[Source 2018][More on Human Rights]
This company received a score of 60.3/100 in the Newsweek Green Ranking 2017, which ranks the world's largest publicly traded companies on eight indicators covering energy, greenhouse gases, water, waste, fines and penalties, linking executive pay to sustainability targets, board-level committee oversight of environmental issues and third-party audits. Ranking methodology by Corporate Knights and HIP Investor.
[Source 2017][More on Sustainability Reporting]
Greenpeace's 2014 report, Green Gadgets, compares companies on their efforts to eliminate hazardous chemicals from their electronics products. This company's phase out of PVC and/or BFRs is only partial and its commitment to future action is unclear, or there is insufficient progress.
[Source 2014][More on Product Safety]
Six firms, including this company, were fined a record 1.47b euros (AU$1.89b) in Dec 2012 by EU antitrust regulators for fixing prices of TV and monitor cathode-ray tubes for nearly a decade between 1996 and 2006. Panasonic had a penalty of 157.5m euros.
[Source 2012][More on Governance]
This company pleaded guilty to price fixing auto parts and laptop battery packs, leading to a $56.5m fine. The price fixing had been taking place since 1998 but the plea agreement was only reached in July 2013. Panasonic worked with companies to manipulate prices of auto parts sold to car makers and the fine is $45.8m and a number of executives will be serving jail time. Sanyo, a subsidiary of Panasonic, and L G Chen were fined $10.731m for their role in price fixing laptop battery packs during 2007-2008.
[Source 2013][More on Governance]
The Electronics TakeBack Coalition's Recycling Report Card evaluates takeback and recycling programs for computer, TV, printer and game console companies. The report card focuses on the programs available to consumers in the US, and relies on publicly available information, as of Sept 2010. This company received a grade of D+ for its recycling efforts in the USA.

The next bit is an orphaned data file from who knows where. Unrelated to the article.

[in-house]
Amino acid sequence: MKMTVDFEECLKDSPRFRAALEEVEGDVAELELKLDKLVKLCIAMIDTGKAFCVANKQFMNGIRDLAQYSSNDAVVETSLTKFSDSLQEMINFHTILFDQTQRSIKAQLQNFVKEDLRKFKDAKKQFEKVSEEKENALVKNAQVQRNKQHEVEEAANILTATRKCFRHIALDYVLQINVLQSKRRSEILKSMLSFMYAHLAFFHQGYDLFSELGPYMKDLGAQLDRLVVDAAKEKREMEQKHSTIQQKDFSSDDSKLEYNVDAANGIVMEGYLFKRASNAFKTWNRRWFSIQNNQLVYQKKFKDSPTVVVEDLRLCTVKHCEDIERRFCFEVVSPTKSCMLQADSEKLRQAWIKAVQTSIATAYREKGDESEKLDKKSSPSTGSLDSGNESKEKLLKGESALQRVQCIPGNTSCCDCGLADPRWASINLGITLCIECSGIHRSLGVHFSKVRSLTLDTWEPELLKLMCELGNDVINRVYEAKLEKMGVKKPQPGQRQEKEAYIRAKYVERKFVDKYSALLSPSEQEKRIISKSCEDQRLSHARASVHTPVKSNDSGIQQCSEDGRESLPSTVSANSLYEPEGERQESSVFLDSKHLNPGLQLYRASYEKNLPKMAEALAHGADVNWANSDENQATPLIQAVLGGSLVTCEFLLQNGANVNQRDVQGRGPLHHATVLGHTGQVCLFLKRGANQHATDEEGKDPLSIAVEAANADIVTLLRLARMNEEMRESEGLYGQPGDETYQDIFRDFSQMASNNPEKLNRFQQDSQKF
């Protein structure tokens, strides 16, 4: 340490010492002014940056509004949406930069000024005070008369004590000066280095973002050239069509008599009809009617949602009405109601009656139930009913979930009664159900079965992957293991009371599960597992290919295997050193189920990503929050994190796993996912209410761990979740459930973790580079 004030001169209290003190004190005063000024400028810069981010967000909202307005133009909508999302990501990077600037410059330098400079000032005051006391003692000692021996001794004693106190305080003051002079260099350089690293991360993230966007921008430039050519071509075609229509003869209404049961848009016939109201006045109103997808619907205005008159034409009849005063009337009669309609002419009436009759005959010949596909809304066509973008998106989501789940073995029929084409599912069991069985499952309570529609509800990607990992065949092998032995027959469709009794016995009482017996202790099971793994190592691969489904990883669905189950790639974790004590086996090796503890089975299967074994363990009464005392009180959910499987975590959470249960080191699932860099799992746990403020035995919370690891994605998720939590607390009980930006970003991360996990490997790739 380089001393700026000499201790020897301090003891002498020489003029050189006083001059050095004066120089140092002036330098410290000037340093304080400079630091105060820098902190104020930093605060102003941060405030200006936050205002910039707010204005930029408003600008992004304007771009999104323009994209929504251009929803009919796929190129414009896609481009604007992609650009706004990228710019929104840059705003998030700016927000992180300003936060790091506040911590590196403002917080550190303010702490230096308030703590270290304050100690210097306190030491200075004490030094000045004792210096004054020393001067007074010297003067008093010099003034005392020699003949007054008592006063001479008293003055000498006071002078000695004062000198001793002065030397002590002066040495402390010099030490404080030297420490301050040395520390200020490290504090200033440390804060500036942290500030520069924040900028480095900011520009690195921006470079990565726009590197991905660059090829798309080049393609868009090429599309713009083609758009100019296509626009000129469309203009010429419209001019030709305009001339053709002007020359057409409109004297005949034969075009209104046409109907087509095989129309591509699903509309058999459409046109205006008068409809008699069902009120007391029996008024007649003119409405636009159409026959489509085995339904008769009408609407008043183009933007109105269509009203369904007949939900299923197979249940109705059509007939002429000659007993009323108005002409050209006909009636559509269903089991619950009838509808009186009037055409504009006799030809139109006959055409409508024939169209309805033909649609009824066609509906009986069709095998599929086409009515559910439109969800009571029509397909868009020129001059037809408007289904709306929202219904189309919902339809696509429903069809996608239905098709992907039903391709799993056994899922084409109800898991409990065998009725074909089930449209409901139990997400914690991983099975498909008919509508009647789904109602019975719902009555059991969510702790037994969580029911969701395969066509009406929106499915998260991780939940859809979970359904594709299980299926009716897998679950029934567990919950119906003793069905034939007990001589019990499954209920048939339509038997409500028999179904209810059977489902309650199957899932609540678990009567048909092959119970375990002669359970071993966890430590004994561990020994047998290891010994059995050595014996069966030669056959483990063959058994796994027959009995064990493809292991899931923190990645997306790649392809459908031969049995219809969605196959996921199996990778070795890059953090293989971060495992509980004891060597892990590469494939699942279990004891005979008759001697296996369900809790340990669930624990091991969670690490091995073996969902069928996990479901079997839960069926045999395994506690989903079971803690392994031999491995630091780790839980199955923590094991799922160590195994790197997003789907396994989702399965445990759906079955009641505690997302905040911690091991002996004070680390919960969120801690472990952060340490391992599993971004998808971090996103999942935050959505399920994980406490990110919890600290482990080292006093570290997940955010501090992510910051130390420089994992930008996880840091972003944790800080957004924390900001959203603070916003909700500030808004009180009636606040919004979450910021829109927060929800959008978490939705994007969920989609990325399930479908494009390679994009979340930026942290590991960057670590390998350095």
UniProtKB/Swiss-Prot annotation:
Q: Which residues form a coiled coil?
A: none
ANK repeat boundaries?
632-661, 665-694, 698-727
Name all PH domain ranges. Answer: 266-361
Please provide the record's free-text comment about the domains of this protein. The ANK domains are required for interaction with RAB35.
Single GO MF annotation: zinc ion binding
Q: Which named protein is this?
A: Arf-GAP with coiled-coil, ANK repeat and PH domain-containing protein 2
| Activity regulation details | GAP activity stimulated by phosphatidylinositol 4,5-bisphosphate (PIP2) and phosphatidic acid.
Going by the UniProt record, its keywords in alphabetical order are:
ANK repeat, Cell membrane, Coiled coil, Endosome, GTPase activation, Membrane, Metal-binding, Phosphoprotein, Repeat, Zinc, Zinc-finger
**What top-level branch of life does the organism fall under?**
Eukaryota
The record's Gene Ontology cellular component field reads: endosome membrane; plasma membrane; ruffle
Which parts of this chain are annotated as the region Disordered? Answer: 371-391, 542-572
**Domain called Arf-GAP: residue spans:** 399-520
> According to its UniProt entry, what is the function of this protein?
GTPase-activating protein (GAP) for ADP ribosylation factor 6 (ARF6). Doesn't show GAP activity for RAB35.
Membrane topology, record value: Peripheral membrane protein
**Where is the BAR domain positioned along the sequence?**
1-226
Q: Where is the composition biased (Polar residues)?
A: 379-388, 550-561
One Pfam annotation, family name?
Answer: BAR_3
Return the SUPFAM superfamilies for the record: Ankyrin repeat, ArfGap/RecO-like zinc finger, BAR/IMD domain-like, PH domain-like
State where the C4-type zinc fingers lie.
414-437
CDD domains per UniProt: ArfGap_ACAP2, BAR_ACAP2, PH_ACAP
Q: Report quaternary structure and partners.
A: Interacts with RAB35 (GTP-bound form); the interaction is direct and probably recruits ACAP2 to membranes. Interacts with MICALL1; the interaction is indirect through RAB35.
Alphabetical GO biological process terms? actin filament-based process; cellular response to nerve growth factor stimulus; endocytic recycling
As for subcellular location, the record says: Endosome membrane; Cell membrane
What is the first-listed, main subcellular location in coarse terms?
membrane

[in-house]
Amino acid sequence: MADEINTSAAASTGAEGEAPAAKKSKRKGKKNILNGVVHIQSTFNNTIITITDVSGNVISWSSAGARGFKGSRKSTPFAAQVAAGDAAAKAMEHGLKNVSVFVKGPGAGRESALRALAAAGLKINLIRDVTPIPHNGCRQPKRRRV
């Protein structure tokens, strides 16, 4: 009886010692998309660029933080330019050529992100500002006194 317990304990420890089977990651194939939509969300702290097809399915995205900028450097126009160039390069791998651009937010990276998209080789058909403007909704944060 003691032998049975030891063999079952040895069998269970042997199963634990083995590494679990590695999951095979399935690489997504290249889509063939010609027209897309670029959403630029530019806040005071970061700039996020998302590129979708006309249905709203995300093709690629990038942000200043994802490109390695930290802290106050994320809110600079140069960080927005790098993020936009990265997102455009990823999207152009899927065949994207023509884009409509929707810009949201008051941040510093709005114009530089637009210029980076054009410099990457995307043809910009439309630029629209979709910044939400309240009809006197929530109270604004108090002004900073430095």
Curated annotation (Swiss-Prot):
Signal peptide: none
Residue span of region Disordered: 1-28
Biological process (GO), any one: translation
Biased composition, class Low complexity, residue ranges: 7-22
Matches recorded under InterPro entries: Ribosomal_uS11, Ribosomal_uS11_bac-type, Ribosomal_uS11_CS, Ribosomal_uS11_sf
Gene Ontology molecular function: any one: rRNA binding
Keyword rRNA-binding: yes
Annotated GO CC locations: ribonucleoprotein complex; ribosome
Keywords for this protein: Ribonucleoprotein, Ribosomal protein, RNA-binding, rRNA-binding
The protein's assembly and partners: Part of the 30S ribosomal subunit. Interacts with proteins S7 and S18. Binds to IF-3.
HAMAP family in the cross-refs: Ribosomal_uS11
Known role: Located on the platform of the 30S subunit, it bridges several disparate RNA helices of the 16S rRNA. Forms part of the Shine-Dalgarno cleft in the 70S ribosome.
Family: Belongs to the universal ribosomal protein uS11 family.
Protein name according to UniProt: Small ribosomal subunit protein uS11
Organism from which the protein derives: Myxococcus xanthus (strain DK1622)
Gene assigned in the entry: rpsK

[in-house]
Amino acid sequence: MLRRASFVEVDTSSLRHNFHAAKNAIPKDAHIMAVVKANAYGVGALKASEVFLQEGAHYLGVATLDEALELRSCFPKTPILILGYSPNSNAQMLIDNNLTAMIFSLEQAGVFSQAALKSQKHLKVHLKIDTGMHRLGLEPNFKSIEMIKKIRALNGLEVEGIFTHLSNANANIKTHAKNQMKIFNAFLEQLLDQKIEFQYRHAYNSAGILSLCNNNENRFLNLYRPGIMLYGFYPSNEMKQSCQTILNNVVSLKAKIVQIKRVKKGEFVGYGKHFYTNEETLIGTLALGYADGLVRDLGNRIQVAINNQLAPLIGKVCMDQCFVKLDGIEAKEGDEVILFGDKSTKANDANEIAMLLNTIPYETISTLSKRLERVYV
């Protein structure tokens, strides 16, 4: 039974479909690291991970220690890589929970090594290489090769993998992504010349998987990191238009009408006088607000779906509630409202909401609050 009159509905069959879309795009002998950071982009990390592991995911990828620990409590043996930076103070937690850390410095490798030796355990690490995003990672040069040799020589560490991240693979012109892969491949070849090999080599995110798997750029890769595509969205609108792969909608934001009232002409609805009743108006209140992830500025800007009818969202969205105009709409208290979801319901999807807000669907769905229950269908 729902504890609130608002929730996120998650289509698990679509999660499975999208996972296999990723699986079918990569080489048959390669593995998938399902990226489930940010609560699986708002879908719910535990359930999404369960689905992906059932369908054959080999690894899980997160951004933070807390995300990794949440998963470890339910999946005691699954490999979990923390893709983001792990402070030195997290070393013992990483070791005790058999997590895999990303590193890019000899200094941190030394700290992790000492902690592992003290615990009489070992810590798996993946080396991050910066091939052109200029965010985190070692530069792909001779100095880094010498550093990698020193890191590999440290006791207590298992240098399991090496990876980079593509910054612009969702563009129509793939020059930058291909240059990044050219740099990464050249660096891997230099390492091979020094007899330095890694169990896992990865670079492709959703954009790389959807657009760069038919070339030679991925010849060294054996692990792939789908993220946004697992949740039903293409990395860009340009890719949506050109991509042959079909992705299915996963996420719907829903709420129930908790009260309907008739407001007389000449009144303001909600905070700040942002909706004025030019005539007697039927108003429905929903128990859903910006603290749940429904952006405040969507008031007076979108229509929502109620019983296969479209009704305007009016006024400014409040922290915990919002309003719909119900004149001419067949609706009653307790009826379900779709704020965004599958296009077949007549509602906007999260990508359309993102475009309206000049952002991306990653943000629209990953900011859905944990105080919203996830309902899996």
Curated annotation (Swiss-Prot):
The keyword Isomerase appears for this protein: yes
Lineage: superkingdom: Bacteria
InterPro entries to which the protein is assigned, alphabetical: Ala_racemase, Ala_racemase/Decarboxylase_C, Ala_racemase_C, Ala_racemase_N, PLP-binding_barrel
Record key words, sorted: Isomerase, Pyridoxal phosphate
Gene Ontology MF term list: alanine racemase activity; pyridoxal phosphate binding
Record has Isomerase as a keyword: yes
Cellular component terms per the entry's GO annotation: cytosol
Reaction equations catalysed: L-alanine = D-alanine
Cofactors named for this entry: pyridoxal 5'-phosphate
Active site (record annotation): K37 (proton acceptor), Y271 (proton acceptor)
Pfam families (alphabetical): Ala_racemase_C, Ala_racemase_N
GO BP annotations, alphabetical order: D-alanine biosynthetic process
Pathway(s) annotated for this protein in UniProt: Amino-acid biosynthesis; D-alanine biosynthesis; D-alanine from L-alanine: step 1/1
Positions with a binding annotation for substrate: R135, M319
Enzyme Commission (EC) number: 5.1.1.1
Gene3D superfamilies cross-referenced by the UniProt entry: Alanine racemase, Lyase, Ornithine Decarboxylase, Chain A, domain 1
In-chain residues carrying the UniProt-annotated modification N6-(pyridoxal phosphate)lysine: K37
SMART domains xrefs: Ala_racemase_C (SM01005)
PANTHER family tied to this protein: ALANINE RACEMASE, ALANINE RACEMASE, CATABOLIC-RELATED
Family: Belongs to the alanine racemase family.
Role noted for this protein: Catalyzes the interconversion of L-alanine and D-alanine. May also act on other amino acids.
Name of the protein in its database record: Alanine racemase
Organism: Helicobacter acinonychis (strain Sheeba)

[Source 2010][More on Habitats]
In 2006 a Chinese subsidiary of Panasonic has been blacklisted by various levels of government for releasing wastewater not sufficiently treated. [Listed under information due to age of report]
[Source 2006][More on Habitats]
Identified in 'The Big Chill: Too Scared to Speak' report which identified Chinese Olympic Sponsors response to Darfur crisis in Sudan. Received Fs for a poor response or none at all.
[Source 2008][More on Human Rights]
In Sept 2010 Panasonic Corp and a unit of Whirlpool Corp agreed to plead guilty to conspiring to fix prices for compressors used to cool home and commercial refrigerators and freezers, violating US antitrust laws. Panasonic were fined US$49.1 million. [Listed under information due to age of court finding]
[Source 2010][More on Governance]
This company has sustainability claims on its website, including for labour practices and the environment.